An untold story in the cruising world is the value that can be found in some older boats selling for modest prices.Well-built decades ago, boats priced at less than $150,000 today have the potential to be cruising for decades more as long as they continue to receive the care that has kept them going for years.
PMM calls them "affordable boats,"but there's nothing secondrate or quality-challenged here.These trawlers make wonderful cruising yachts and comfortable liveaboards, and, over time, we'll review va rious makes and models of these so-called "affordable boats."
We begin this new series with a look at the classic wood Grand Banks and Alaskans built by American Marine in the late 1960s and early 1970s.-BillP.
BETWEEN 1965,WHEN THE FIRST GRAND BANKS SPLASHED INTO THE water at Hong Kong, and 1973,American Marine launched more than 1,400 GB and Alaskan yachts.
Each was meticulously hand built of wood by Asian shipwrights. The hulls were planked with heavy, durable mahogany; the frames were yacal, a tough tropical hardwood. Finely-fitted and richly-hued teak was used generously throughout the interior and in hand and cap rails.
Over three decades little has changed at Grand Banks, except the material from which yachts are built. Today, fiberglass rules with teak continuing in a decorative role.
An expert looking across a crowded summer anchorage can't tell the difference between a well-kept 1973 woodie and a 1993 fiberglass yacht. The company has made no major design changes since Ken Smith drew the lines for the first Grand Banks, a 36-footer, in the early 1960s.
The company gave its boats a few more inches of beam and length in the late 1980s. Yachts of this millennium probably are glossier, sexier, and more sophisticated, but at heart they are no different than the first woodies delivered nearly 35 years ago.
Regardless of age, Grand Banks yachts are well-built, comfortable sea boats much in demand because of their well-deserved reputation for quality.
Today, the base price of a new 36 is $350,000.Taxes and commissioning easily will push the total to $400,000 or more.A 42 Classic-the famous tri-cabin-today has a base price of about $550,000. Larger engines, electronics, heat and air conditioning, and other goodies and taxes will kick the final price somewhere close to $625,000.
Here's why woodies are interesting. A 32-footer of the teak-and-mahogany generation today will fetch between $40,000 and $60,000 depending on condition; when GB quit building the baby yacht a few years ago, it was priced at $200,000.
A wood 36 Classic, with two staterooms, two heads, and a modestsized saloon, will range from $60,000 to $80,000; superb specimens will go for more. The 42 woodie will be priced from $100,000 to $125,000, depending on age and condition.
Boost those prices by 30 to 50 percent, to cover work that may be needed to make the woodies near-perfect, and they still are affordable yachts costing $150,000 or less.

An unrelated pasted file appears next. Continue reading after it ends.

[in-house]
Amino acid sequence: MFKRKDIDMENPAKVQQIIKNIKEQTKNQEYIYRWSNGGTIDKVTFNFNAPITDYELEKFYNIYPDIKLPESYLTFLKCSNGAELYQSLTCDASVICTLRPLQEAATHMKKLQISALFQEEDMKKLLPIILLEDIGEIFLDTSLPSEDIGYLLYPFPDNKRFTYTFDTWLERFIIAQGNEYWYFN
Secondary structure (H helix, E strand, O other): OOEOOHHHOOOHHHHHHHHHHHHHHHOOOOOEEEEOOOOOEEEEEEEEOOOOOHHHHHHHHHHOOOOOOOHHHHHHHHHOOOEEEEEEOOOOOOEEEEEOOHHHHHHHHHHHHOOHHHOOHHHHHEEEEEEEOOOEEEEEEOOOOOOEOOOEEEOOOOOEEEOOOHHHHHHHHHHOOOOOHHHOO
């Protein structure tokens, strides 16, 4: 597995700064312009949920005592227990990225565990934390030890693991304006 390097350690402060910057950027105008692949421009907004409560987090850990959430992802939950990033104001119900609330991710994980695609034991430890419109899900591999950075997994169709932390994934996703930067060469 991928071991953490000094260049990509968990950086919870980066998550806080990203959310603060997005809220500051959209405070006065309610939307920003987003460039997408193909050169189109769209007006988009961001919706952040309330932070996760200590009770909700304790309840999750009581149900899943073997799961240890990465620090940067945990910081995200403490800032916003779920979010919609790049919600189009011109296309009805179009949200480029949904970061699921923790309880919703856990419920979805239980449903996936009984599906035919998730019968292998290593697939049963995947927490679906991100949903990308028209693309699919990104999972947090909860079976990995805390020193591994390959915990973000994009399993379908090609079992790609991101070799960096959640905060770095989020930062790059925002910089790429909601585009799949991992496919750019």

American Marine built wood 48- and 50-foot GBs, too. They are not often on the market and usually are priced in the range of $200,000/$250,000, well above our arbitrary price cap Those big yachts, however, along with the entire fleet of Alaskan pilothouse cruisers, represent the best on the market for those looking for a boat to live aboard.
With large saloons and cockpits, galleys with home-sized appliances, ship-like pilothouses with watch berths and settees, and multiple staterooms and heads, the big GBs and Alaskans remain much in demand today, despite their age.
When American Marine switched to fiberglass in 1973, it perhaps could not afford building molds for a fleet of GBs and for the bigger (at 46, 49, 53, and 55 feet) Alaskans. Perhaps the decision was to concentrate on the boat for which American Marine was best known-the Grand Banks.
Whatever the reasons, American Marine missed a sure bet and a big market by dropping the Alaskan line. Others picked up the style, and Ocean Alexander and De Fever, among others, now produce boats whose styling comes directly from the Alaskans.
The company is developing a new pilothouse boat, to be called the Aleutian. It has built a model, pictures of which may seen on the company's website: grandbanks.com. Construction has not been scheduled for the 64- footer, a yacht sure to cost close to $2 million, because the American Marine production lines in Malaysia and Singapore are booked solid with orders for new GBs and their sistership line, the East Bay.
For most of us, it will not be an affordable boat. For those with a strict budget, or who don't want to spend that much discretionary income on a boat, the new GBs simply increase the lure (and the value) of the old woodies.
Constantly rising prices for new boats enhances the value of wood GBs, too. These aging yachts sell for several times their original cost, and good ones will continue to increase in value. For those willing to search diligently, there are some great buys out there.
Wait a minute. Wood gets old, it cracks, it rots, it needs paint and varnish. It takes expert skills to repair and paint a wooden boat, and if a boat is 30 years old its engine is probably shot. Wood boats can smell of mold and mildew, and diesel fuel that has impregnated bilge planks.
On the other hand, advocates say wood boats are quieter and that wood offers excellent insulation. And, in an argument from the heart, they say that wood is real, organic, and living, not muck from the bottom of a chemist's vat.
Most problems occur because a boat has been neglected, because it has not been painted and bedded, because window leaks have not been fixed, because its mechanical systems have not been upgraded and babied, because it has been ignored.
Doesn't mean it's a bad boat.
It does take more skill to paint a wood boat than to clean and polish fiberglass. However, once a wood boat has a tightly clinging coat of paint, once the hardware and deck fittings have been bedded, once corrosion control has been reestablished and once the engine room has been brought up to snuff, most of the problems that can damage a woodie have been brought under control.